the inverter that's gone belly up.
On the way home I notice a whiff
of smoke ahead. As I draw nearer I can see a mound of dirt which
appears to be a fire that has been covered in an attempt to put
it out. A vain attempt as it happens, because the grass around
the mound is alight.
There appears to be nobody in attendance
and the flames are slowly spreading towards the neighbouring house
and cane fields. I stop, run to the house and knock on the door.
No answer. I run to the rear of the house to find the owner head
down and bum up under the bonnet of his car, with the engine running.
"G'day" I say. No Answer,
"G'DAY" I repeat. A head appears from under the
bonnet. "I think you've got a fire getting out of hand..."
"Oh shit", he obviously knows what I am referring to.
He grabs a bucket and runs. If
there had been three strapping young lads there I would simply
have left them to it, but this guy is alone and seventy five if
he is a day, so I grab a long-handled shovel and follow.
Before long we have it under control
and I leave, "Thanks mate" he says as I walk away and
I remember thinking about the idea of Karma and how you get back
what you give out.
Within two days someone was to
help me and reinforce the Karmic theory.
Tue 9 Apr 2002
I've had a slow leak in a tyre for a week or so now but have been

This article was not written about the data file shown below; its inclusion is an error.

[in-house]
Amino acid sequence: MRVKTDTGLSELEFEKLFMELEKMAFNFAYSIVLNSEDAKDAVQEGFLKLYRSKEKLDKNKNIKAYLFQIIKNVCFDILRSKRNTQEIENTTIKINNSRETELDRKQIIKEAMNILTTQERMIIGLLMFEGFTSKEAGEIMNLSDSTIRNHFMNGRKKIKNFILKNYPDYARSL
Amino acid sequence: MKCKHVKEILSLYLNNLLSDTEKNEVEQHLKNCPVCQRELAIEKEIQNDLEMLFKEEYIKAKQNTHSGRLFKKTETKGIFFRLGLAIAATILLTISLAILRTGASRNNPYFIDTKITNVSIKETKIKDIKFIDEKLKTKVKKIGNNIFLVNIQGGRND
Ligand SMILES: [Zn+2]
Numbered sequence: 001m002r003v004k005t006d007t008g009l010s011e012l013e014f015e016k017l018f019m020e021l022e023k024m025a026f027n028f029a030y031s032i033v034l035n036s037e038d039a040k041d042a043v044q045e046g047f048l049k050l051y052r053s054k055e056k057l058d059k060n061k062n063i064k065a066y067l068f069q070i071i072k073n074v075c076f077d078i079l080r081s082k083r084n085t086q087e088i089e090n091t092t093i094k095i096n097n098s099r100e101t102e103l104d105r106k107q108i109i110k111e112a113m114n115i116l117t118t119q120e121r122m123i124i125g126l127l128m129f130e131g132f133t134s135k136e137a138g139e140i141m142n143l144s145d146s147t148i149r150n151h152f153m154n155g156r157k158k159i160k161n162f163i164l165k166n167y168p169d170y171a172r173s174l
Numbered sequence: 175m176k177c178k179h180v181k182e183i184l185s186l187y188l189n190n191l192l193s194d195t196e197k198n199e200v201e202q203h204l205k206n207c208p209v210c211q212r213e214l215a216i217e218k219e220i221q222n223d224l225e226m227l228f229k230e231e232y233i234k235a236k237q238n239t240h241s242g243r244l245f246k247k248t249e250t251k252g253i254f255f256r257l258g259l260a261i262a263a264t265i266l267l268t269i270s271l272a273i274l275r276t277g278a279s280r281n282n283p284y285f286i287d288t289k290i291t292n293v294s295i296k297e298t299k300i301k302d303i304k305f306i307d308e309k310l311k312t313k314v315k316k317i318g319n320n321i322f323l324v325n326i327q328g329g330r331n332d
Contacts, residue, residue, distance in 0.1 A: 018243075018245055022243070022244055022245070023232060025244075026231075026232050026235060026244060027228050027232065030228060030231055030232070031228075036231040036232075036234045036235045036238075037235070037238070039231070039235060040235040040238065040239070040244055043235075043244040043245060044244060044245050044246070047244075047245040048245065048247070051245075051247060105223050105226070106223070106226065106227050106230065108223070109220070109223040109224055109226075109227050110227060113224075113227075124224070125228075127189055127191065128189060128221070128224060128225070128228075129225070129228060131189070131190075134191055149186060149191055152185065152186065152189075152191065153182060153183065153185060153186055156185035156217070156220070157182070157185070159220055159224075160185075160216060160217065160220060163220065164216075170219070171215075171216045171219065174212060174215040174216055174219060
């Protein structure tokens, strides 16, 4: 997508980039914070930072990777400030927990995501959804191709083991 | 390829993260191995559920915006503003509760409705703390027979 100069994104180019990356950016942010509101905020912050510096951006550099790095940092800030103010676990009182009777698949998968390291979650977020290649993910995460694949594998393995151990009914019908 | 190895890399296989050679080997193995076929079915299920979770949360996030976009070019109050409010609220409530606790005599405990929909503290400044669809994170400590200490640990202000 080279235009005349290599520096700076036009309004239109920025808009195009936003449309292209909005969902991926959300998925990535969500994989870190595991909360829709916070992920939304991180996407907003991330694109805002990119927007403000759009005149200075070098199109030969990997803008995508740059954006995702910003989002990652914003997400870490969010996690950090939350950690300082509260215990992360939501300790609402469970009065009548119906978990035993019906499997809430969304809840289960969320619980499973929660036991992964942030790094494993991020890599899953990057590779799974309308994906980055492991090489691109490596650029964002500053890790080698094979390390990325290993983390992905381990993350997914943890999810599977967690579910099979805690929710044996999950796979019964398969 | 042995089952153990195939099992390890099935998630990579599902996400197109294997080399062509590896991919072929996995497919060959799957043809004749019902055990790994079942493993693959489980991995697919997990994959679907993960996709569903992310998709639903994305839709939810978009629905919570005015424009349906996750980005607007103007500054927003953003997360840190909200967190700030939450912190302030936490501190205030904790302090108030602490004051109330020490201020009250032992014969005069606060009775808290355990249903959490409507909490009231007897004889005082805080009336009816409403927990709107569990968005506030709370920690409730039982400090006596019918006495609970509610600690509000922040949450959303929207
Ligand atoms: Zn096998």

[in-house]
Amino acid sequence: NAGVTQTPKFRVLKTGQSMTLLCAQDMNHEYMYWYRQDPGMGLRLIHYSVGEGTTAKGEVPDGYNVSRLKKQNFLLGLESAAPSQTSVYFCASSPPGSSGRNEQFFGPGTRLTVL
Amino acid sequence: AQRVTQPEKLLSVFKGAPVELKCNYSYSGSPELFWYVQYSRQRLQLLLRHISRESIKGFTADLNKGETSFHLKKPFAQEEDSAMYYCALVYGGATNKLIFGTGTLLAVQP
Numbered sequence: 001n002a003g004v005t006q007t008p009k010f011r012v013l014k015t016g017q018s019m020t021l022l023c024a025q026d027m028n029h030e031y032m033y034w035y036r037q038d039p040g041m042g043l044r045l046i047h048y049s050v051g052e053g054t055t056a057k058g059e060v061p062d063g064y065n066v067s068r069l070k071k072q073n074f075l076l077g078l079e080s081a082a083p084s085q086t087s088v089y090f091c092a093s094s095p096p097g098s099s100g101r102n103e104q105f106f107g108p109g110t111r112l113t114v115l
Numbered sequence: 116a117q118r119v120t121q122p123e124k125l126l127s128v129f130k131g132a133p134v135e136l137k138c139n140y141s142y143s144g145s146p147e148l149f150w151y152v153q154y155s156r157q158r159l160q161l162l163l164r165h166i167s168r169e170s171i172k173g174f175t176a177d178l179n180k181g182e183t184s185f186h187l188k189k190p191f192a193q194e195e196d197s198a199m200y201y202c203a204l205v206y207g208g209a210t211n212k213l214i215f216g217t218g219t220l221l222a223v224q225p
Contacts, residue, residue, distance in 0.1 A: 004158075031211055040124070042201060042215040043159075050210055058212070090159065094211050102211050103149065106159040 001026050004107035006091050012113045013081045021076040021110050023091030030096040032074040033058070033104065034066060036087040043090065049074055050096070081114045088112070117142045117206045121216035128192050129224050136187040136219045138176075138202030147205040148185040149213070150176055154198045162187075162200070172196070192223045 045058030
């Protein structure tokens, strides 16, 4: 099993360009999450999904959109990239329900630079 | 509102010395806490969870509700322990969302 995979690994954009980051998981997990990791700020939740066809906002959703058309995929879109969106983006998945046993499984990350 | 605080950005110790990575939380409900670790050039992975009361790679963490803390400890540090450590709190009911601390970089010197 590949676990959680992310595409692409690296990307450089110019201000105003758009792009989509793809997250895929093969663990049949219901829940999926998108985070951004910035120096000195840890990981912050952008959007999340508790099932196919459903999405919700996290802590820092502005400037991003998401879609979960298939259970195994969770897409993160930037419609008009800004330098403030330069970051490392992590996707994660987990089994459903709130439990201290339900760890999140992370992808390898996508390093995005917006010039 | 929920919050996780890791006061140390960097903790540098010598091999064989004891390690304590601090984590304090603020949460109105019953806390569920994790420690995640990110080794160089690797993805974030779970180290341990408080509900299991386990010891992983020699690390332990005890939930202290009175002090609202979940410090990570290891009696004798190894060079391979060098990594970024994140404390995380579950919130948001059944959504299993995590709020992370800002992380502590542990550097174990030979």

putting off the job of fixing it. I have a good excuse though,
you see the weather's been pretty overcast lately so the batteries
are not fully charged, and I really need a lot of power to run
the compressor if I'm going to change a tyre.
So today we move to a powered site
and I get to it. We deliberately selected a site well away from
the remaining campers because I know that my working on these
big wheels would attract people like a three-ring circus.
Sure enough two blokes do come
over before long, and guess what, they're professional tyre fitters
Now I'm quite capable of fixing
the tube myself, but they seem willing to help so I stand back
hoping to pick up some new tricks.
A good plan as it turns out because
I do learn a thing or two.
Wed 10 Apr 2002
We leave Bargara. I'm sad to say goodbye to my parents, but at
the same time happy to be on the road again.
We've stocked up on diesel, food,